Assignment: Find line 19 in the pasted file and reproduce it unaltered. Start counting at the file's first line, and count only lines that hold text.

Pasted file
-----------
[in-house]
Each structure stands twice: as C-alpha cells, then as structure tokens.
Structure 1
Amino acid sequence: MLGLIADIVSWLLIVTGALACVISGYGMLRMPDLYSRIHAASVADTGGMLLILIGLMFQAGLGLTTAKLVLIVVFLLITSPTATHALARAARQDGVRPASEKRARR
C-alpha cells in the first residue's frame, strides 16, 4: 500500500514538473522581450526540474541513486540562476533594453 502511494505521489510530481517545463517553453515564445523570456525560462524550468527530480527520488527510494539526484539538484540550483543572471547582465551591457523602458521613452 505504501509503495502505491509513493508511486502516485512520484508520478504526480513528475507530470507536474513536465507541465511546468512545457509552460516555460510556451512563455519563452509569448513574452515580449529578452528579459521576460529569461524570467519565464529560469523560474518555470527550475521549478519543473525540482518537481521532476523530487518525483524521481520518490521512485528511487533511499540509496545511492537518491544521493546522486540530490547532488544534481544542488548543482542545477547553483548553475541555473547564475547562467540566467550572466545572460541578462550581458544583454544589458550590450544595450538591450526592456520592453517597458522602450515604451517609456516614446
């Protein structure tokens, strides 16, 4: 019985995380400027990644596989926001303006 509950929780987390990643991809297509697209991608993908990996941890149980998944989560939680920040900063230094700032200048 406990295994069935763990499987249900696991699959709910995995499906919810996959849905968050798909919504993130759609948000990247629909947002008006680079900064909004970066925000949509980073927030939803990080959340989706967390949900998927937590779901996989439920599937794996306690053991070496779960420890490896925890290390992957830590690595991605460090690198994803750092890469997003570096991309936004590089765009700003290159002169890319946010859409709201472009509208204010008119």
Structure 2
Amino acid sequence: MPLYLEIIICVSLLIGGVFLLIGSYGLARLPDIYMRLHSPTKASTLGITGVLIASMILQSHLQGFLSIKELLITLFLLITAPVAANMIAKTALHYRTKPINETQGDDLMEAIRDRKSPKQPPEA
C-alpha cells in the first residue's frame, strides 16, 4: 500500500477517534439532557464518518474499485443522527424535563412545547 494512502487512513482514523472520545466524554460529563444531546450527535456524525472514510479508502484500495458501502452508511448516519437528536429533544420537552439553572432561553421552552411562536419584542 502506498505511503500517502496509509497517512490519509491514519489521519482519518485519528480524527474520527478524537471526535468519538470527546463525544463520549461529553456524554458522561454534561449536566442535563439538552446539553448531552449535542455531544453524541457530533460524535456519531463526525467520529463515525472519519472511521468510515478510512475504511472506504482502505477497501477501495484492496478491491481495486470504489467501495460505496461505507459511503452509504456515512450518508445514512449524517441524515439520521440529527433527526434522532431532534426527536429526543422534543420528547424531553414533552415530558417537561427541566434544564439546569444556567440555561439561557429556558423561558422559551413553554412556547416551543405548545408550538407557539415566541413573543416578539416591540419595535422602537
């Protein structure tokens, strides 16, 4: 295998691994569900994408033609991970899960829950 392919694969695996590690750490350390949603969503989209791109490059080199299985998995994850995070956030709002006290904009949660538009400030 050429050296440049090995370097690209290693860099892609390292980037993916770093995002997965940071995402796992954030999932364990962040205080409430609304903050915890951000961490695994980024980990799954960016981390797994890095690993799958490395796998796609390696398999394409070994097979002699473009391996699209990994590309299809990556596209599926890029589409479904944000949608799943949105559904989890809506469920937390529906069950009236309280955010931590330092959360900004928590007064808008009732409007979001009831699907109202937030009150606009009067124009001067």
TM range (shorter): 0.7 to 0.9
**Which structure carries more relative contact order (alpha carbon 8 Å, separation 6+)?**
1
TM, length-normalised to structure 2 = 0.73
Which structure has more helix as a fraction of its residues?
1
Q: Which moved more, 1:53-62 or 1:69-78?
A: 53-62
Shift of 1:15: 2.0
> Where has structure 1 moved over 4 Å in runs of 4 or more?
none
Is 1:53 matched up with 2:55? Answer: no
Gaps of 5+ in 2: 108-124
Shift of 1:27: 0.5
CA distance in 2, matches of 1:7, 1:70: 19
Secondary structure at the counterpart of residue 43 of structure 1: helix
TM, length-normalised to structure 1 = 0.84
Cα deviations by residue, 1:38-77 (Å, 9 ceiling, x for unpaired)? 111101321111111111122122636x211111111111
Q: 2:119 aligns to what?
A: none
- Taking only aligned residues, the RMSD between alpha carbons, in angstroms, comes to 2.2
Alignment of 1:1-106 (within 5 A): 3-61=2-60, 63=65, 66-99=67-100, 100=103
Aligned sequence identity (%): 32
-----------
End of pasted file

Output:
Shift of 1:15: 2.0